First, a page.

The Utilities Commission measured each potential source option against the set of 10 criteria that was selected by them after receiving input from their staff and customers. The Mid-Willamette option was the least expensive option, had the most positives and was the only option that successfully met all of the criteria. Here are detailed explanations why the mid-Willamette scored so highly and came out on top as the preliminary preferred option.
- Treated Water Quality: The highest priority for the Utilities Commission is to protect customer health by consistent delivery of high-quality drinking water. Water drawn from the Willamette River would be treated to the highest standard available and would consistently meet or surpass all Safe Drinking Water Act standards. The high quality of the treated drinking water from the Mid-Willamette source has been confirmed by the experience of two communities that already receive their drinking water supplies from this source. Wilsonville has been getting all of its drinking water from the Mid-Willamette source for 10 years, and Sherwood recently converted its water system to be dependent on this source. Wilsonville has met all drinking water standards over the last 10 years.
- Reliability: The Mid-Willamette option has a positive rating compared to most of the other options. It is less susceptible to impacts from drought or climate change because of the large size of the watershed above the diversion point, and the large number of storage impoundments upstream of this source. The reliability of this option is also increased in comparison to some of the other options because the new treatment plant and transmission facilities would be built to current seismic standards.
- Redundancy: The Mid-Willamette option provides an additional source of water supply for Hillsboro. It shares this benefit with all of the options other than the Hagg Lake expansion option. Currently, Hillsboro is entirely reliant on its single source of supply through the Joint Water Commission and the Tualatin River basin.
- Ownership: Hillsboro's history of successfully planning for the challenges of meeting its water supply needs have depended on its ownership interests in all the elements of the water supply system, beginning with its water rights and stored water facilities, and continuing through ownership of the treatment and transmission facilities. It was also clear from input received from Hillsboro's water customers that they place a high value on the ability of the city to own and control its water rights and infrastructure. The Mid-Willamette option provides the Commission with the same opportunity for asset ownership that has been effective for the city through the Joint Water Commission.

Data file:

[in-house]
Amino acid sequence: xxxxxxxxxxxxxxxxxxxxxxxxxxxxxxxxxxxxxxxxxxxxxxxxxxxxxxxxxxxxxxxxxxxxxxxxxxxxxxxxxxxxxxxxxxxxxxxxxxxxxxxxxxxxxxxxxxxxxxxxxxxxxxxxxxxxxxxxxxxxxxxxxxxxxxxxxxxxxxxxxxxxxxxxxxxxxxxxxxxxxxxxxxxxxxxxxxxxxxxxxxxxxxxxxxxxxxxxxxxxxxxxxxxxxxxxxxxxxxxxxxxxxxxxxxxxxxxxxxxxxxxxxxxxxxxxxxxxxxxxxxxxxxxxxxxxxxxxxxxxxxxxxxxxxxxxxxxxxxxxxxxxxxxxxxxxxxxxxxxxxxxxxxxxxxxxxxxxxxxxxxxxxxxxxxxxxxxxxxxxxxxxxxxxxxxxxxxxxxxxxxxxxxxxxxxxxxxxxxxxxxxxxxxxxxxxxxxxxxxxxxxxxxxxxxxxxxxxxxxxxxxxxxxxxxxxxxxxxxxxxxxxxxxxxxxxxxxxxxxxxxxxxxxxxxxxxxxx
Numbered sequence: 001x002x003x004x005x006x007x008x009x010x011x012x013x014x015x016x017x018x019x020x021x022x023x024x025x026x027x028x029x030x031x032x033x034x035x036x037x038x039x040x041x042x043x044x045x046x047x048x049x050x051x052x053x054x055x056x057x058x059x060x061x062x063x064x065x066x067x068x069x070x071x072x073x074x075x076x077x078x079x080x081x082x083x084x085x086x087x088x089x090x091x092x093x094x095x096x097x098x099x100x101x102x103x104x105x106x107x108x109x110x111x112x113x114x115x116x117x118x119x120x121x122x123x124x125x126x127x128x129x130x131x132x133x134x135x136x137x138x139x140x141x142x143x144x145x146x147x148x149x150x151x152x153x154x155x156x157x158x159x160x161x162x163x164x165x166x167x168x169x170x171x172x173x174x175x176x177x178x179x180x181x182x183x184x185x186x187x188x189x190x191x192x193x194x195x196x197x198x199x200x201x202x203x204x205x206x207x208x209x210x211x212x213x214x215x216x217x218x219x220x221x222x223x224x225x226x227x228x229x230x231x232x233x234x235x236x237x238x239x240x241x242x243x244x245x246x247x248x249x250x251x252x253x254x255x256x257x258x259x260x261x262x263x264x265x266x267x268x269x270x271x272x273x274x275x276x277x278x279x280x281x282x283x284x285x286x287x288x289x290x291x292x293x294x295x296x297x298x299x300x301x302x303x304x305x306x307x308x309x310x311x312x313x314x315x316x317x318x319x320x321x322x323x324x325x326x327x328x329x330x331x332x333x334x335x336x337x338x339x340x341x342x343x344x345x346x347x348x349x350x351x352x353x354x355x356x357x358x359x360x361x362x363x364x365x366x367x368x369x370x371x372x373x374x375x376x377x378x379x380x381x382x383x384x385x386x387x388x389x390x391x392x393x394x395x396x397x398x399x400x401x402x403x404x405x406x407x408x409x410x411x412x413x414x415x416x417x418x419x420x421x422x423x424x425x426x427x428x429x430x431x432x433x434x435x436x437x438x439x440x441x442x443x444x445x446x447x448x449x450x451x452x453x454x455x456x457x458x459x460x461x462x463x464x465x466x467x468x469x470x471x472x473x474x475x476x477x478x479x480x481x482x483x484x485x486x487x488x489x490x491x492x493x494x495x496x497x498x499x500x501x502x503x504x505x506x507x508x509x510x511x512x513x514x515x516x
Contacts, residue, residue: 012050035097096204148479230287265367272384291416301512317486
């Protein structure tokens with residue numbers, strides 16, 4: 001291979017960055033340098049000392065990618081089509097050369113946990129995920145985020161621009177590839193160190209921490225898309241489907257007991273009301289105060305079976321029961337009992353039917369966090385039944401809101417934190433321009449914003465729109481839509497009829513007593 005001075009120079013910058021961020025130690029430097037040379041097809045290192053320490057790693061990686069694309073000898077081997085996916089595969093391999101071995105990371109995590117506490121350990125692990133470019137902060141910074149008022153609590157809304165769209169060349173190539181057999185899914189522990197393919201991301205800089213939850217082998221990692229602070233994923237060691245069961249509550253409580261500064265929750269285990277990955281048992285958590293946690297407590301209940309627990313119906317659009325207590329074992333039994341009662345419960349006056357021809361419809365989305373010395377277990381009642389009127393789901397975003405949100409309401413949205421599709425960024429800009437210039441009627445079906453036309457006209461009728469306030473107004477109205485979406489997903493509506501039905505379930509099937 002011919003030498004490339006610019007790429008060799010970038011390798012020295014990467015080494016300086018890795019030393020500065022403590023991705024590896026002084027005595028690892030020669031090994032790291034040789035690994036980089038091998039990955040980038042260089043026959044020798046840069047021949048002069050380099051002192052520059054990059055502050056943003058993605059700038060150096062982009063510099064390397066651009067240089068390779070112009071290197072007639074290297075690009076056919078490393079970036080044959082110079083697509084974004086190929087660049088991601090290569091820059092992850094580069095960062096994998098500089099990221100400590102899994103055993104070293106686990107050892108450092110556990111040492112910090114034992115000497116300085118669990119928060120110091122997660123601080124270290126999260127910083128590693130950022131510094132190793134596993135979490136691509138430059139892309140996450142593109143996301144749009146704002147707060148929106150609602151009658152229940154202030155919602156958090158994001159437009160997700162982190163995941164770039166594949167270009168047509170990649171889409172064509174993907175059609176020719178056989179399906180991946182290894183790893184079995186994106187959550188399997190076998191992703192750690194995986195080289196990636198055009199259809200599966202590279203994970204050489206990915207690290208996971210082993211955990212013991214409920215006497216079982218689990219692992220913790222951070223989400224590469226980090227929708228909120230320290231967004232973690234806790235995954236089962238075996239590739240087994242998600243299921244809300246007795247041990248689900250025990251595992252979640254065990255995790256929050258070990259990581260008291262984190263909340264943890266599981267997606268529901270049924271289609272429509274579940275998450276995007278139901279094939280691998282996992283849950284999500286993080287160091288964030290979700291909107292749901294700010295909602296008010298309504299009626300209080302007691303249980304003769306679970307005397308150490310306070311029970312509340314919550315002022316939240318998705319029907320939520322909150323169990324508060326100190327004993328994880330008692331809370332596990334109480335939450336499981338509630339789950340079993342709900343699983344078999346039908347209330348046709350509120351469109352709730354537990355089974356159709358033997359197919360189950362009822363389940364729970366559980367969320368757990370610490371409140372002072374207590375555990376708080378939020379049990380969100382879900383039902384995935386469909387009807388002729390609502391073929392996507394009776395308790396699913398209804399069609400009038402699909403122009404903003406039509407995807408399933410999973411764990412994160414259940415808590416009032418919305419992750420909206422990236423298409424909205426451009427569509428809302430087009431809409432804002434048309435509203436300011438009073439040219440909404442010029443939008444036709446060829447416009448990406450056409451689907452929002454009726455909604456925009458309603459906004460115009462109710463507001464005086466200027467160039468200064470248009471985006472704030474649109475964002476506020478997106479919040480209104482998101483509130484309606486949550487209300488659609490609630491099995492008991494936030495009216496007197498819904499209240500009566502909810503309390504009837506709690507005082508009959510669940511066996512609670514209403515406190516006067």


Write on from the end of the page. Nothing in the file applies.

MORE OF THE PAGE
- Operational Complexity: Hillsboro currently operates the largest conventional water treatment plant in Oregon, and a water transmission system that serves over 400,000 residents across Washington County. The treatment and transmission systems for the Mid-Willamette option would be similar in configuration and sophistication to the system already operated by the city.
- Implementation Risk: The Mid-Willamette option rated higher than all of the other options on this criterion. The level of risk involved is important because of the high capital investment that is required and the lengthy timeline for acquiring right-or-way, designing improvements, obtaining environmental approvals, and then constructing the necessary improvements. To assure that the Commission can successfully deliver those improvements on a timeline that meets the needs of the next generation of customers, it needs to minimize the potential later in the implementation process that the necessary approvals could not be obtained, or that the costs associated with conditions imposed on those approvals would make the project unfeasible. Those risks were rated lowest for the Mid-Willamette option because:
(1) water rights are available to the city through new permits or through agreements to obtain interests in existing water right permits; and
(2) since the risks associated with obtaining approvals to build a new raw water intake are high, the Mid-Willamette option rates higher because an intake is already in place and there is no need to build a new intake.
- Source Water Quality: The Mid-Willamette option was rated neutral for this criterion. These facilities would be taking water from the Willamette River well upstream of the Portland metropolitan urban area and the Portland Harbor superfund site. Upstream of the Mid-Willamette facilities is a relatively large watershed, which increases the risk of potential contamination from urban and rural influences. However, this option benefits from the extensive water quality database and monitoring system that is available for the Willamette River. Hillsboro is committed to source water protection programs and emergency response planning for any water source option. These programs allow for potential risks to be addressed through design of treatment systems and operations and through proactive watershed management.
- Environmental Impacts: All of the options involve some environmental impacts. The impacts associated with the Mid-Willamette option are neutral compared to the other options. Most of its impacts would occur during construction and could be mitigated; since there is no need to build a new raw water intake, the impacts of in-river construction work are minimized. Impacts from power usage during plant operations are moderate compared to some other options.
- Responsiveness to Demand Growth: Water treatment plant capacity for the Mid-Willamette option could be built in phases as the need for water increases. This option also holds the potential for additional long-term expansion beyond the planning period that was addressed by the water supply study.